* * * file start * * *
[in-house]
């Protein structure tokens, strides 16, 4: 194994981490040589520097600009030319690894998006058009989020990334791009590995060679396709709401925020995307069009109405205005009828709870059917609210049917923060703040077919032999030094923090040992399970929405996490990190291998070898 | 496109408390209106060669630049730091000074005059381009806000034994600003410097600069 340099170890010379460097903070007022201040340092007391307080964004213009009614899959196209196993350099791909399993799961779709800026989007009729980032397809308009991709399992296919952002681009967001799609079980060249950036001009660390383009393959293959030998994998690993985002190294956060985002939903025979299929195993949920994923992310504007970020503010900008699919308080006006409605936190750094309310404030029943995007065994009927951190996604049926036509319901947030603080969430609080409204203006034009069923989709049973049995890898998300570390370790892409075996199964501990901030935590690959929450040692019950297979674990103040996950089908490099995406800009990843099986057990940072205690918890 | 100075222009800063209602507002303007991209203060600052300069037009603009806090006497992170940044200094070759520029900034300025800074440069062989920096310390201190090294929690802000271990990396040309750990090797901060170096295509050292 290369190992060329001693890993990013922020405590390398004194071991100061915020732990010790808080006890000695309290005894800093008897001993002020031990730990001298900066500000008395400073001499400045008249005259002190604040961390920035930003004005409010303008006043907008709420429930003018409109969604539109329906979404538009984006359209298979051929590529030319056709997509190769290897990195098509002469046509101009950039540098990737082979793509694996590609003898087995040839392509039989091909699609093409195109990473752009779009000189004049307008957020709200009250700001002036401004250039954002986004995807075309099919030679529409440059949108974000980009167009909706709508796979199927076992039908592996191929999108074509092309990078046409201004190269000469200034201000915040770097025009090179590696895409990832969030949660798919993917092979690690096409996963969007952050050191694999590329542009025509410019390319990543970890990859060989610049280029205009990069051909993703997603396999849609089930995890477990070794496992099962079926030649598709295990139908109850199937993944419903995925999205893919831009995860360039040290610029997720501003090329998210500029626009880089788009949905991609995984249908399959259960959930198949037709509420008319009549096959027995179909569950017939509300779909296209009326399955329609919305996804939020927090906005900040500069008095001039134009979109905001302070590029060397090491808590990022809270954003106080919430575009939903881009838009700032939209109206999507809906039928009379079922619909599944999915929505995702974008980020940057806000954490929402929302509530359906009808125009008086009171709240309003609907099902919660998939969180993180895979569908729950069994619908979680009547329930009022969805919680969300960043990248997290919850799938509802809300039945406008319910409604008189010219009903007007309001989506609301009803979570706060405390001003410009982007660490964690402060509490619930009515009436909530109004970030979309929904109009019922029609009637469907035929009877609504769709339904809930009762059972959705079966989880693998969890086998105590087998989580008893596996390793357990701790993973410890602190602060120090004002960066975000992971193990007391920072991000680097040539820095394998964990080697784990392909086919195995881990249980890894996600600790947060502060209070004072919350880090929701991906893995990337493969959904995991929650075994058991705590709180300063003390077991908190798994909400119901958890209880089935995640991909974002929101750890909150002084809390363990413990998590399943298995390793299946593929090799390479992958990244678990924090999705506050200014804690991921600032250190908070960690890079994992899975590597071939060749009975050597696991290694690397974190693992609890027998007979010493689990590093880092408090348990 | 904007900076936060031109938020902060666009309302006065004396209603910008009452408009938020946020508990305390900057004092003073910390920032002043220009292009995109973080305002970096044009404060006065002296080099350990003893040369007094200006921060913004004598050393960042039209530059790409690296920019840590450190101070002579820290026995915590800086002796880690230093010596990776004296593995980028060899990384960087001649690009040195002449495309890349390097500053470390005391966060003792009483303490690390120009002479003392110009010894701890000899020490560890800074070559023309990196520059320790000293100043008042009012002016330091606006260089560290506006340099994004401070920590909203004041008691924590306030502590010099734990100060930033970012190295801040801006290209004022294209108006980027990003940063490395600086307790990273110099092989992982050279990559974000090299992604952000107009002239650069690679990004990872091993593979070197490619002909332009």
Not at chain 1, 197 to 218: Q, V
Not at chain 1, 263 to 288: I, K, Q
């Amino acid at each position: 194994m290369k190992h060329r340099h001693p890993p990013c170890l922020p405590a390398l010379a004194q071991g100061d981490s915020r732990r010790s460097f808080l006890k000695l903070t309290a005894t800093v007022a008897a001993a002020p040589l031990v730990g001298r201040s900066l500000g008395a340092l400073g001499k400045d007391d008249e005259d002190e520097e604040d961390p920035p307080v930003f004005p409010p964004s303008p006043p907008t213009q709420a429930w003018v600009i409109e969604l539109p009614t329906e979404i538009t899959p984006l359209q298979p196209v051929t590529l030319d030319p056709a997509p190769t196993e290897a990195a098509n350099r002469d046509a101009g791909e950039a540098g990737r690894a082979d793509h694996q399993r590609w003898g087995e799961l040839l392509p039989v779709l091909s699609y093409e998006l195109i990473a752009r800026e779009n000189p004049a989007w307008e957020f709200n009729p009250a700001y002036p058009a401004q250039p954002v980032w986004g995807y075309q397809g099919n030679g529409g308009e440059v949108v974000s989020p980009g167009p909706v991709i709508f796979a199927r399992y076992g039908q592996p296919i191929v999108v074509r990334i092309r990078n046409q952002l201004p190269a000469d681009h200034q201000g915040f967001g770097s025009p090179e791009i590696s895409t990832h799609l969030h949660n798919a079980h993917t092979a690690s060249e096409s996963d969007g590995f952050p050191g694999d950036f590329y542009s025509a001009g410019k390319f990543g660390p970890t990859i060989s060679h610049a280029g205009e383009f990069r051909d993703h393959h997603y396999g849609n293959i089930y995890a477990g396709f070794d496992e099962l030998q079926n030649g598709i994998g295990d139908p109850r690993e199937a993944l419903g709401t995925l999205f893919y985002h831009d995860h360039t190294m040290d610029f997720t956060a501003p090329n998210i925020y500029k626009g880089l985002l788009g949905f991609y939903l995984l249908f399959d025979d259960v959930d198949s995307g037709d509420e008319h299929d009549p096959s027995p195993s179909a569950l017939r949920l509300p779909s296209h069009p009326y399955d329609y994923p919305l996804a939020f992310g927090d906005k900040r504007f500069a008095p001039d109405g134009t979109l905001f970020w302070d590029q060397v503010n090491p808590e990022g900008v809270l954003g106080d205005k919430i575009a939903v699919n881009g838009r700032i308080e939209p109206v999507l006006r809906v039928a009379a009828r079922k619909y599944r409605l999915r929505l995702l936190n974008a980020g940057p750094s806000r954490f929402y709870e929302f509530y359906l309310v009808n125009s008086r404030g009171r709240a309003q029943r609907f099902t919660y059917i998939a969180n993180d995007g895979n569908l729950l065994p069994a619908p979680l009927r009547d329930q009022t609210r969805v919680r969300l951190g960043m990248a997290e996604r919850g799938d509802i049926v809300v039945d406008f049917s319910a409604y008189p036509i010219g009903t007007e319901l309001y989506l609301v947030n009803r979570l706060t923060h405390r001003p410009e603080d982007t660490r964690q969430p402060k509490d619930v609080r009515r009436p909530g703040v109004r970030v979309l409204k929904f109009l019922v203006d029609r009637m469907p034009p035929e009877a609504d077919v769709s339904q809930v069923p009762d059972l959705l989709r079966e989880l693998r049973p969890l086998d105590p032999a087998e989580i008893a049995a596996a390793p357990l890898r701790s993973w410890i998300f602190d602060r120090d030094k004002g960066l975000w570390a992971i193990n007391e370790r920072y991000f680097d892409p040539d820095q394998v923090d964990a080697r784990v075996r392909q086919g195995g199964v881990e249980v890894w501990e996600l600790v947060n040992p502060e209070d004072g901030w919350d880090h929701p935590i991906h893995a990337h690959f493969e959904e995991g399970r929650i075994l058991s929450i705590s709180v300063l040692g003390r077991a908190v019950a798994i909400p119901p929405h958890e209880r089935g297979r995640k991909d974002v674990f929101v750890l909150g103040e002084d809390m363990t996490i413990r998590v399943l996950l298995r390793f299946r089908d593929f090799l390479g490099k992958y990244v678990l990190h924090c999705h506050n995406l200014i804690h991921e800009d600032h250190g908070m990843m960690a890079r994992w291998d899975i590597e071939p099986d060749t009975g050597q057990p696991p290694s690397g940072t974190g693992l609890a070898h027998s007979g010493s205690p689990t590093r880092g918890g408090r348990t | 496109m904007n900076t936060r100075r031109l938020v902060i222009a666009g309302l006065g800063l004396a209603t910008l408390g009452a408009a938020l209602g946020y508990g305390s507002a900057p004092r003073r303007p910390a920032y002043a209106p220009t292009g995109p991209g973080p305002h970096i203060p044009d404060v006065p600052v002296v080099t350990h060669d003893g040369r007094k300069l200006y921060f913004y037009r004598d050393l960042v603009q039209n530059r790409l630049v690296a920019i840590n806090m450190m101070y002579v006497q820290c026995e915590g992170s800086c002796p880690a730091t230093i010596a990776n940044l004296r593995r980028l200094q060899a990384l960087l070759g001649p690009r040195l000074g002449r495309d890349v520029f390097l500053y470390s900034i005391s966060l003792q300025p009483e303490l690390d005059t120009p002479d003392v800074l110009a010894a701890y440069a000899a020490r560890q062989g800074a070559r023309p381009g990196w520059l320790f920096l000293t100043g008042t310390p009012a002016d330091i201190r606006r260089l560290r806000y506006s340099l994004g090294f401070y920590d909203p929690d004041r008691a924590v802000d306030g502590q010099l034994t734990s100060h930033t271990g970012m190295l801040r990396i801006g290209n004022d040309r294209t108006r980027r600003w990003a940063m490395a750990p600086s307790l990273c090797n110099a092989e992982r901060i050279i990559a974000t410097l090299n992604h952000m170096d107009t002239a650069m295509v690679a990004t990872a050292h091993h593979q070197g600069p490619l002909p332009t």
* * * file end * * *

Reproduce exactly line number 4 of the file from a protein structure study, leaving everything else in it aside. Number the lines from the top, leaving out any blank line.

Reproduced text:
Not at chain 1, 263 to 288: I, K, Q